From door-closing public health restrictions to the monopoly of online retailers such as Amazon, the threats to local business during a global pandemic are numerous and come from all directions. Whether they are longtime family operations or new dreams just realized, businesses of all stripes have had to adapt, adjust and try to survive.

That’s why it’s especially important, this year, to invest your holiday shopping money back into the local economy — and the Free Press Arts & Life team is here to help. We’ve carefully chosen a list of Winnipeg shops and makers offering treasures for everyone on your list, and talked with business owners as they head into this unprecedented season. That’s the beauty of shopping local: you can get to know the actual people you’re supporting.

Don’t wait to do your shopping, however. As one maker told us, "beautiful things take time," so place your orders early to ensure the holiday season will be merry and bright for everyone.

 

CLOTHING

 

Mike Sudoma / Winnipeg Free Press</p><p>Vantage Vintage owners Joshua Alderson, left, and Michael Duchon hold delivery bags filled with vintage wear purchased online outside of their shop on Albert Street.</p>

Mike Sudoma / Winnipeg Free Press

Vantage Vintage owners Joshua Alderson, left, and Michael Duchon hold delivery bags filled with vintage wear purchased online outside of their shop on Albert Street.

Vantage Vintage Boutique

210-70 Albert St.

vantagevintagebtq.com

There’s something comforting about a quality piece of vintage clothing in 2020: it’s been made to last, it’s sustainable, and despite everything, it’s survived.

The Exchange District’s Vantage Vintage Boutique is filled with true vintage pieces that have survived at least 40 years — coats, skirts, dresses, blouses, shirts, suits, blankets and much more — all waiting for their next owners.

"Everything you see in malls nowadays is styled after vintage," says Joshua Alderson, who co-owns the eclectic shop with Michael Duchon. "How cool is it to own the original instead?"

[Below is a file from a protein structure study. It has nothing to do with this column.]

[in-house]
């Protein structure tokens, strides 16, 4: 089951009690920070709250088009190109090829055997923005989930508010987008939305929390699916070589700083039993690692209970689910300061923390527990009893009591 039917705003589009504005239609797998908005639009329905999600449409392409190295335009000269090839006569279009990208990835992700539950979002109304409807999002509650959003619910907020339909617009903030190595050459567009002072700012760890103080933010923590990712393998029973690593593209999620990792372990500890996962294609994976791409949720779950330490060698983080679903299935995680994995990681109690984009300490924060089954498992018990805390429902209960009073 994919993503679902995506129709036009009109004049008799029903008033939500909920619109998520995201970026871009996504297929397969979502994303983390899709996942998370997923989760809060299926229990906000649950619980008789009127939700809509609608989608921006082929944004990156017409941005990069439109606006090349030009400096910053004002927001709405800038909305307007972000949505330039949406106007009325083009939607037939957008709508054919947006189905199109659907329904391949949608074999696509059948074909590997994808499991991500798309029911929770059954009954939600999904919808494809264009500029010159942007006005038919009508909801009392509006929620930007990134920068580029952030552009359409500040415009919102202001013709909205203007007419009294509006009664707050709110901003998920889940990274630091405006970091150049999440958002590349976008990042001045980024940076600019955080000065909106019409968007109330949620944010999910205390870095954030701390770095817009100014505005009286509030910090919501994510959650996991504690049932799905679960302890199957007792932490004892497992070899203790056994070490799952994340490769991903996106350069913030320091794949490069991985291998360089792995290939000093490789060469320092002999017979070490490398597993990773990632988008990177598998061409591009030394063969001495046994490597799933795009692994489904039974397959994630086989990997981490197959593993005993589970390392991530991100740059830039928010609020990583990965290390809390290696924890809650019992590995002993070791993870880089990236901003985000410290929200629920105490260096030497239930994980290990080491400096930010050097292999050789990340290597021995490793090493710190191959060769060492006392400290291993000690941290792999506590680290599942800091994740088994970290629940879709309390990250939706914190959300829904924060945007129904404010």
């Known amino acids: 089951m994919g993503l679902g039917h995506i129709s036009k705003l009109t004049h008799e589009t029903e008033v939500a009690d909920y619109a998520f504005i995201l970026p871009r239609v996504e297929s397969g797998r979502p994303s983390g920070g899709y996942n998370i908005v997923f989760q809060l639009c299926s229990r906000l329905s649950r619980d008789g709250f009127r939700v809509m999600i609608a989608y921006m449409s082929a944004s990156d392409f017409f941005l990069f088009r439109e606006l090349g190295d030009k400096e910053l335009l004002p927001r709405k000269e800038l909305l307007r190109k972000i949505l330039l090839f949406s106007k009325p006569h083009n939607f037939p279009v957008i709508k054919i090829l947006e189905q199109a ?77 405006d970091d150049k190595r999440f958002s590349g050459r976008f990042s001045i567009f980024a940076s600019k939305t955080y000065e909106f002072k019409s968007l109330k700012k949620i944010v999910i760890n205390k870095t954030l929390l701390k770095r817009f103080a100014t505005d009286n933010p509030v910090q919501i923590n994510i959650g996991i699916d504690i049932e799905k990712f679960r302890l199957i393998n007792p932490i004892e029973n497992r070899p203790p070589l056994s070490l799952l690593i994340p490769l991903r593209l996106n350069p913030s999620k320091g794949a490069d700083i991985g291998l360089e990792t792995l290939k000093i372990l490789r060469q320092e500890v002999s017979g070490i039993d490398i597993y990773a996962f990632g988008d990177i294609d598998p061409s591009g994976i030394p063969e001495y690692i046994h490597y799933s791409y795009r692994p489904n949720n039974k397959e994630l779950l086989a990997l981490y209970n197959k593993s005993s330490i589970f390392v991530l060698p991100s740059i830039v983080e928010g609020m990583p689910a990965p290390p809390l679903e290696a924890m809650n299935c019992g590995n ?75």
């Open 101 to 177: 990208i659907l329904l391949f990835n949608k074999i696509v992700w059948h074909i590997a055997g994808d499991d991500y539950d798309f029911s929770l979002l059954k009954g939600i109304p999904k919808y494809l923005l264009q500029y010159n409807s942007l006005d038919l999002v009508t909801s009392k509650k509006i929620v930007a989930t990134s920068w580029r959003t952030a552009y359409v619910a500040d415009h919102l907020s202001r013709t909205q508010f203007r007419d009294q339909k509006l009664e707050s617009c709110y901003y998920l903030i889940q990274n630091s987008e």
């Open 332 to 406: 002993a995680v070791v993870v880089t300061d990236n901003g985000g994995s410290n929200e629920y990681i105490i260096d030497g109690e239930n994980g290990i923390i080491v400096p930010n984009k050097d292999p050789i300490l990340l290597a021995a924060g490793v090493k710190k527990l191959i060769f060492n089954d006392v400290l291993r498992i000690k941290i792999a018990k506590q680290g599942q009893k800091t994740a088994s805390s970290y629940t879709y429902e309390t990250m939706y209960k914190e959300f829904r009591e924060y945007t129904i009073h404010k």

Mike Sudoma / Winnipeg Free Press</p><p>A stack of blankets sit on a shelf at Vantage Vintage.</p>

Mike Sudoma / Winnipeg Free Press

A stack of blankets sit on a shelf at Vantage Vintage.

The shop began three years ago as a side hustle, but in 2018 became a full-time job for Alderson and Duchon, who started thrifting as a teenager as a way to stand out. "Not only was I able to acquire unique styles, but I immediately understood the quality," he says. It’s something you can feel.

"We look for unique, one-of-a-kind, wearable clothes in optimal condition," Alderson says, adding that they’re still looking to acquire clothing and grow their inventory.

Right now, the shop is operating as a curbside pick-up and online sales enterprise, with a new website up and running to help cover the loss in foot traffic and the slowdown of film and theatre production. "(Online shopping) is essentially the only thing that’s keeping us afloat right now," Duchon says.

Many items are posted to the store’s Instagram (@vantagevintagebtq) and on the website, but if customers are looking for specific styles or items they don’t see, they should message the shop to see if they have it, Alderson says. Getting every piece online takes time.

Gift certificates make a great present for vintage lovers too, Duchon says, and can be used in online transactions or in future ones in-store.

"A lot of small business owners like us shop and support other small businesses," he says. "When you buy from someone like us, you’re supporting a plethora of other businesses like ours."